In Calumet, C&H provided schools, libraries, bathing and swimming facilities, a hospital, an ice rink, land for churches, a YMCA, all available at low or no cost to the workforce and their families. Private enterprise, on the other hand, took care of virtually everything else, providing groceries, dry goods, bars, banking, and the manifold other undertakings that collectively form a working village, on private, non-company land. The remaining, and most important, element of creating a community—housing—was supplied by the company.
The primary strategy employed by C&H was to make available, for a low cost, a limited supply of single-family houses, designed to accommodate married men and their families. A low rent, explained Hoagland, was not simply a kindness extended to its workers: it meant that the company could offer lower pay. Further, the company’s offering of family homes was not just recognition of the real and anticipated desires of a young man seeking his fortune; C&H knew
that a married workforce, integrated into a community, was a stable workforce. Similarly, the limited availability of housing was not an unfortunate function of geographic constraints, but rather a carefully controlled commodity that the company would offer as a reward to loyal workers—a benefit that was only extended to employees. Losing one’s job, in this case, would mean losing one’s home, further incentivizing close adherence to company policy, whatever it may be.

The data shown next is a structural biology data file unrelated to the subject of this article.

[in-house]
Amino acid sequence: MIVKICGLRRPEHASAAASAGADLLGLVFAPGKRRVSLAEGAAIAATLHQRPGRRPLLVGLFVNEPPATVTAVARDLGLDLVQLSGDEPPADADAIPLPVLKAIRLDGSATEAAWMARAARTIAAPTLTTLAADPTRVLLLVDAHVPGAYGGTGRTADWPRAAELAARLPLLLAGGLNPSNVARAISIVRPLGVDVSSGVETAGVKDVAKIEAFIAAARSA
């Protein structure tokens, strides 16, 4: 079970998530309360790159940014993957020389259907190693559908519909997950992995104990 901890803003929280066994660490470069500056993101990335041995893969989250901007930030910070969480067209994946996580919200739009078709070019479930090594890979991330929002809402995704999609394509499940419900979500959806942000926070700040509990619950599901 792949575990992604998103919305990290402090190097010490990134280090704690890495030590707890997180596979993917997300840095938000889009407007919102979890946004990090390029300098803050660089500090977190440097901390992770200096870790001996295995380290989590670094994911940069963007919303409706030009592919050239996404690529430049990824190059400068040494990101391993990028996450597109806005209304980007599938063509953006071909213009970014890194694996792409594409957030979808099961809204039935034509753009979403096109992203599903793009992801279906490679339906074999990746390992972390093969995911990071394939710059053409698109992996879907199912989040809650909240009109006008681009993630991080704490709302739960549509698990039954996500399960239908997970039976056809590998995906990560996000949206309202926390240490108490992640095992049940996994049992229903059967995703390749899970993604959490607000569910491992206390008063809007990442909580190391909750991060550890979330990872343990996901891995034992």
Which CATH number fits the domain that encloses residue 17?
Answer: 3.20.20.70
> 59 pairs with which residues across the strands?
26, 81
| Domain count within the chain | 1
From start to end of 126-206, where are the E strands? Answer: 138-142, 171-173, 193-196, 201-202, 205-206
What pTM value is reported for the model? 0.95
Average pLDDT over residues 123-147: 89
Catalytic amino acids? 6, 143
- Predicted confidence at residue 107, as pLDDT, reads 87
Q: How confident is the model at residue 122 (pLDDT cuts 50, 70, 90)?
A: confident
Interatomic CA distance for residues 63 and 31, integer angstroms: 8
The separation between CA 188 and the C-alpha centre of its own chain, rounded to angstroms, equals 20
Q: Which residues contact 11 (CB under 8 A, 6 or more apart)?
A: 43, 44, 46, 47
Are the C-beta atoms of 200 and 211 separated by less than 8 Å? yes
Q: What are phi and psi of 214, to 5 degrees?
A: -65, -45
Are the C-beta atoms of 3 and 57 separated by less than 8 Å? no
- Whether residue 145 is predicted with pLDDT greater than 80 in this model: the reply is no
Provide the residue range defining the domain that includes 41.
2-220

The carefully constructed social system, and built world that reflected it, was possible only because of the centralized planning behind it. But this corporate-sponsored community planning—an expression of large scale corporate paternalism—not only served to benefit the company exclusively, nor was it intended to. Rather, continued Hoagland, C&H was acting on a sense of noblesse oblige, or the obligation of the privileged and wealthy to contribute something to a greater society. This deep and complicated web of mutual responsibility and commitment created between company and workforce is a particular characteristic of corporate paternalism in the Copper Country.
Executive Director’s Report
Executive Director Scott See reported on how the goals of the Advisory Commission were supported during the quarter.
Advise the National Park Service at Keweenaw National Historical Park on park planning, preservation, interpretation, and operational matters.
See reported that Quinn Evans Architects are continuing work on the Quincy National Historic Landscape amendment. Representatives from Quinn Evans visited the area during the week of May 16th and conducted survey fieldwork on Quincy Hill and at the Quincy Mill site.